The manifestos being pushed to the people of Southport by Liz Savage and Damien Moore simply do not add up at all, according to the respected Institute for Fiscal Studies (IFS) today. The independent IFS is attacking Labour and Tory published spending plans, saying that neither of their election manifestos “is a properly credible prospectus”.
Paul Johnson, IFS director, draws attention to the Conservatives’ 2017 election manifesto which pledged more austerity and spending cuts but, in reality, public service spending went up by £27 billion more than their manifesto had made out. In fact, the ACTUAL Tory spending ended up being closer to LABOUR’s pledged spending levels than to what they set out in their own Conservative manifesto. The IFS say that Damien Moore’s team are promising all sorts of goodies but are continuing to pretend that tax rises will not be necessary.
This time, the Tories are neither predicting spending cuts nor, any increases beyond those set out in September, so their published plans would leave public service spending excluding health still 14% lower in 2023-24 than it was in 2010-11. And the Conservatives have pencilled in few tax changes beyond a small cut in national insurance contributions.
On Liz Savage’s Labour manifesto, the IFS note that Jeremy Corbyn ‘s current spending plans, raising extra spending to £80 billion – up from the £50 billion promised in 2017 with an additional £58 billion promise for the ‘Waspi women’ (Women Against State Pension Inequality), which Paul Johnson describes as “extraordinary”.
Mr Johnson said this Waspi spending pledge, made to a group of people who were relatively well off on average, would far outstrip any additional cash Labour was earmarking for the “much bigger group of much poorer working age benefit recipients.” Under Labour, both taxes and spending would rise to peacetime highs, and the national debt would increase by about 3% of national income. With the Conservatives, the risk is that their promise to exit the Brexit transition period by the end of 2020 could mean something rather like a “no deal” outcome. “That would harm the economy and of course increase the debt and deficit.”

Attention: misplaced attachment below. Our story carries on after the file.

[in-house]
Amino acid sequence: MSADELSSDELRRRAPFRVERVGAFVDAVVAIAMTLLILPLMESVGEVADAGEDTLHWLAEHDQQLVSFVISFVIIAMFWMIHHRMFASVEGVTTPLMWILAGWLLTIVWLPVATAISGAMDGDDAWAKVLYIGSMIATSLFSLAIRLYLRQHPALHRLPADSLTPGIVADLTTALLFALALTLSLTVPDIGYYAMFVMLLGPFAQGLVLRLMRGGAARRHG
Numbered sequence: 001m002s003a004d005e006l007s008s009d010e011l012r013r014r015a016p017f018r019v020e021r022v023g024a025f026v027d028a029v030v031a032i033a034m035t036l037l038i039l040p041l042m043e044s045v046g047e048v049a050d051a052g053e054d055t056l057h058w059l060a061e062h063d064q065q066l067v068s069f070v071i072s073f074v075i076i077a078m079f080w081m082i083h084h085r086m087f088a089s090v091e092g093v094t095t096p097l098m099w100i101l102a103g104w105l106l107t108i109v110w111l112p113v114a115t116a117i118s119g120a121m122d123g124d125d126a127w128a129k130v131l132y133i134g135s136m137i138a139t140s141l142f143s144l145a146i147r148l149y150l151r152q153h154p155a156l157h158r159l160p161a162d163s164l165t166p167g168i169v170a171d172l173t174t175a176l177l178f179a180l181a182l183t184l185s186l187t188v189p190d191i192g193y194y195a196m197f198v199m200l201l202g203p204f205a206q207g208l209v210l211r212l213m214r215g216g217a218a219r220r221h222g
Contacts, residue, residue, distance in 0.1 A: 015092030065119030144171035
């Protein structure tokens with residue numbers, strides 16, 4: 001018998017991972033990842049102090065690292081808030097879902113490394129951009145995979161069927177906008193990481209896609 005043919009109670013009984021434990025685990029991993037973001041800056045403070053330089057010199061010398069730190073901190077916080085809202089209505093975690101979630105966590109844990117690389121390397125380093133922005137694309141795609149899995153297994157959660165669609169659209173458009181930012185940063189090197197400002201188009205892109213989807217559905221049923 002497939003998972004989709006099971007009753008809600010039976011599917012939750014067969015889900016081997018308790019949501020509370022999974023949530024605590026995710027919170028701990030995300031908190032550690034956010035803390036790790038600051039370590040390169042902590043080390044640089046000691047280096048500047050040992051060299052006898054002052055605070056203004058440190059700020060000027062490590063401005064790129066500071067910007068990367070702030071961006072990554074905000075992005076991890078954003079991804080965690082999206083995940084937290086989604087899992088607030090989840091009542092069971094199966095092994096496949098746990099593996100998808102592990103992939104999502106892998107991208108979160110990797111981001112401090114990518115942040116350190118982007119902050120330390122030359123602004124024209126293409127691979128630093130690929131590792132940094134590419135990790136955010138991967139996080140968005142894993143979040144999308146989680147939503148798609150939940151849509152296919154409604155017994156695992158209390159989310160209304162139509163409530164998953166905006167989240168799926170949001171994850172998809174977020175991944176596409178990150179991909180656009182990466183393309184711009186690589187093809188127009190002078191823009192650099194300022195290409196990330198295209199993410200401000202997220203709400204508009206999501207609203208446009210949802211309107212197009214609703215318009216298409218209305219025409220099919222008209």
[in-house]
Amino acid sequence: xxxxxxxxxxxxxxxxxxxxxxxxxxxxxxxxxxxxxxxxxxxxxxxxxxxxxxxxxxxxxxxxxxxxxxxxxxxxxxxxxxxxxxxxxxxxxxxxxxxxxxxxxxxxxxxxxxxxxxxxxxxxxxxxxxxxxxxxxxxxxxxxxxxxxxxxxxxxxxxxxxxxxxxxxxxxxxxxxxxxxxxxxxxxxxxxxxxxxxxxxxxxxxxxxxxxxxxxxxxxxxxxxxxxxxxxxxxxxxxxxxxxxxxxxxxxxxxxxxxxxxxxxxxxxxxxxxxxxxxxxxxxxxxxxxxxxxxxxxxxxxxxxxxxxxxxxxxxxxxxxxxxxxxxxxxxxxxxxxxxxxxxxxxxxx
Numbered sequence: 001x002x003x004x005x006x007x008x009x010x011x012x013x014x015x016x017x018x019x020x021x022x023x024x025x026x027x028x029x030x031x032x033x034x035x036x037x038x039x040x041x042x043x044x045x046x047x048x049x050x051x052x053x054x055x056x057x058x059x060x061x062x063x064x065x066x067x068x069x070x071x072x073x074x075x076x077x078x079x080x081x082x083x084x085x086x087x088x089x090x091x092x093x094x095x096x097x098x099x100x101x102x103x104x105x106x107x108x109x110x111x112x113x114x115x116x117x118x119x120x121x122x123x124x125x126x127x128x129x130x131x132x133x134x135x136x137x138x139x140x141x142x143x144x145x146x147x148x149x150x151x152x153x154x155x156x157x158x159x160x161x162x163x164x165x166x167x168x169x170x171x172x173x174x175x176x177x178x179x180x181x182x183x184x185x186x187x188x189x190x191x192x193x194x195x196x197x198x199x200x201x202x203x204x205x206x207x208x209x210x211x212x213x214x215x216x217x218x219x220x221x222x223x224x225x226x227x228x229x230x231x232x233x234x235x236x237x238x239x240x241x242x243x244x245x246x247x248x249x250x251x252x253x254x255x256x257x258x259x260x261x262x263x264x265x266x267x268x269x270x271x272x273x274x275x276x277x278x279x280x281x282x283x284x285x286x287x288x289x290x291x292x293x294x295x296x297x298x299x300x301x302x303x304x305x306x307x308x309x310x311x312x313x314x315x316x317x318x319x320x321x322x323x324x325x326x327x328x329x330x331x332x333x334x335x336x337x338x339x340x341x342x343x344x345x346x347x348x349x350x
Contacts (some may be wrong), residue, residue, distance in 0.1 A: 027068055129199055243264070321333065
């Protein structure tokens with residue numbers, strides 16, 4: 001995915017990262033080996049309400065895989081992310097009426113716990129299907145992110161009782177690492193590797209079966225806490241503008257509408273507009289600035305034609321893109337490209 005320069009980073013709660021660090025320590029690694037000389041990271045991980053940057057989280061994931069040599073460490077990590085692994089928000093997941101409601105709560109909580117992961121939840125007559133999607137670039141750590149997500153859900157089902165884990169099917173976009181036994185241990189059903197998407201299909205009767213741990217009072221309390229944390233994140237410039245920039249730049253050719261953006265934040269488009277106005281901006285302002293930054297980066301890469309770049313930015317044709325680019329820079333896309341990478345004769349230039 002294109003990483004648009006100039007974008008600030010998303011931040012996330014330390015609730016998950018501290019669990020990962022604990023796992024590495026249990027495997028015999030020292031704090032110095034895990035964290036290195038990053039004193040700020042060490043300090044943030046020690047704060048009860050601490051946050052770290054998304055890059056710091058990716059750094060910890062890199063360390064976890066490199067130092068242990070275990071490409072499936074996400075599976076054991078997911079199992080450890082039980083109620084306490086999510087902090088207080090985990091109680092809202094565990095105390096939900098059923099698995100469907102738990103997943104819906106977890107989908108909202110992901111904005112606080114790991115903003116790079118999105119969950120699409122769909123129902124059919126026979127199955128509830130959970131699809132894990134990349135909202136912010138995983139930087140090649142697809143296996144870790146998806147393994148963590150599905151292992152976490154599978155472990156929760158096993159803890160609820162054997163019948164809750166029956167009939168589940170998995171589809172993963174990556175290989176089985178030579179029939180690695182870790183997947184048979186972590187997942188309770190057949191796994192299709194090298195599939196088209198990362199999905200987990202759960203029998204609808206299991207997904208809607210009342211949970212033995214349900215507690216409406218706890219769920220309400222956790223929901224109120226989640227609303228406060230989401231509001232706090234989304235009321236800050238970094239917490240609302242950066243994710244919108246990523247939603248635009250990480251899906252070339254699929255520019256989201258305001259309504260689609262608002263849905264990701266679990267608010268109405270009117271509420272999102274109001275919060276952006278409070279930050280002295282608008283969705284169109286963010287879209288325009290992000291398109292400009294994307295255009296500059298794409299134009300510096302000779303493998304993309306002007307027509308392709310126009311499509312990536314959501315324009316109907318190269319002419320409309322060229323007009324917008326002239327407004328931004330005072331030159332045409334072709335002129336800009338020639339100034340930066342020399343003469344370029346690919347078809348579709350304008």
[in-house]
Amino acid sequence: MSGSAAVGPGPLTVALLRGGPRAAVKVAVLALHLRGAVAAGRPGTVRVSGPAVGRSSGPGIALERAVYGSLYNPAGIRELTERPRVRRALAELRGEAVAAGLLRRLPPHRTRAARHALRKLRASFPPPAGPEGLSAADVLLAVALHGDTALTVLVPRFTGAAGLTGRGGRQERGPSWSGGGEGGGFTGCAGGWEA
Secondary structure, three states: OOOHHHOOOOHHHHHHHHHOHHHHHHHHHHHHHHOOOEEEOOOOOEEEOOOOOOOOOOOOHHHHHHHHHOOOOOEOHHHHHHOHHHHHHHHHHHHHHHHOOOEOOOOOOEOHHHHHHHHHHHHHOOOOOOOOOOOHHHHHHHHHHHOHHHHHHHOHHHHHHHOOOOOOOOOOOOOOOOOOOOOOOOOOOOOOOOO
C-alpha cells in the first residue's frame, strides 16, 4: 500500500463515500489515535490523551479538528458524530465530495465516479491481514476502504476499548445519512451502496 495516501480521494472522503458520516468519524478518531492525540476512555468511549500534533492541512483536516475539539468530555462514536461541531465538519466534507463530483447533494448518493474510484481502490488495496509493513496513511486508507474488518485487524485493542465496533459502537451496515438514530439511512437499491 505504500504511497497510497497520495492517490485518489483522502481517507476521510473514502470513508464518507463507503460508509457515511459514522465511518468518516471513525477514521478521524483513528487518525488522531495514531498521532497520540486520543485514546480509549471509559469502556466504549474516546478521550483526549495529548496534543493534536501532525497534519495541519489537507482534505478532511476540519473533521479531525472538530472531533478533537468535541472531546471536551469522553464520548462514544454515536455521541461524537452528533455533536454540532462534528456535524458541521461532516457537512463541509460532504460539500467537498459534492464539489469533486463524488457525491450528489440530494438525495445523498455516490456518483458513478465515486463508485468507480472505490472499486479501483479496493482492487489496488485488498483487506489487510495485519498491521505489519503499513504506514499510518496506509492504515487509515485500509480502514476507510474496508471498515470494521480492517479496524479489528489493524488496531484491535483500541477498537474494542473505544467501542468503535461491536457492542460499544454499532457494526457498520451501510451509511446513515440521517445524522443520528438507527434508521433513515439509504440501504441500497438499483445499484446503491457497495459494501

While the Conservatives essentially say they want to change nothing, the IFS say that “Labour, by contrast, want to change everything” – with a state with a far greater role than anything Britain has seen for over 40 years. They would tax and spend more than ever before, putting in place masses of new free services while bring in a whole swathe of new labour market regulations.”
Only the Lib Dems’ proposals are considered by the IFS to add up properly. Paul Johnson says that the Liberal Democrat manifesto being promoted in Southport by John Wright : “is itself a radical document that would involve a decisive move away from the policies of the past decade” but that, unlike the other two parties, the Lib Dems have done their sums properly and their manifesto adds up.
“Rarely can a starker choice have been placed before the UK electorate.”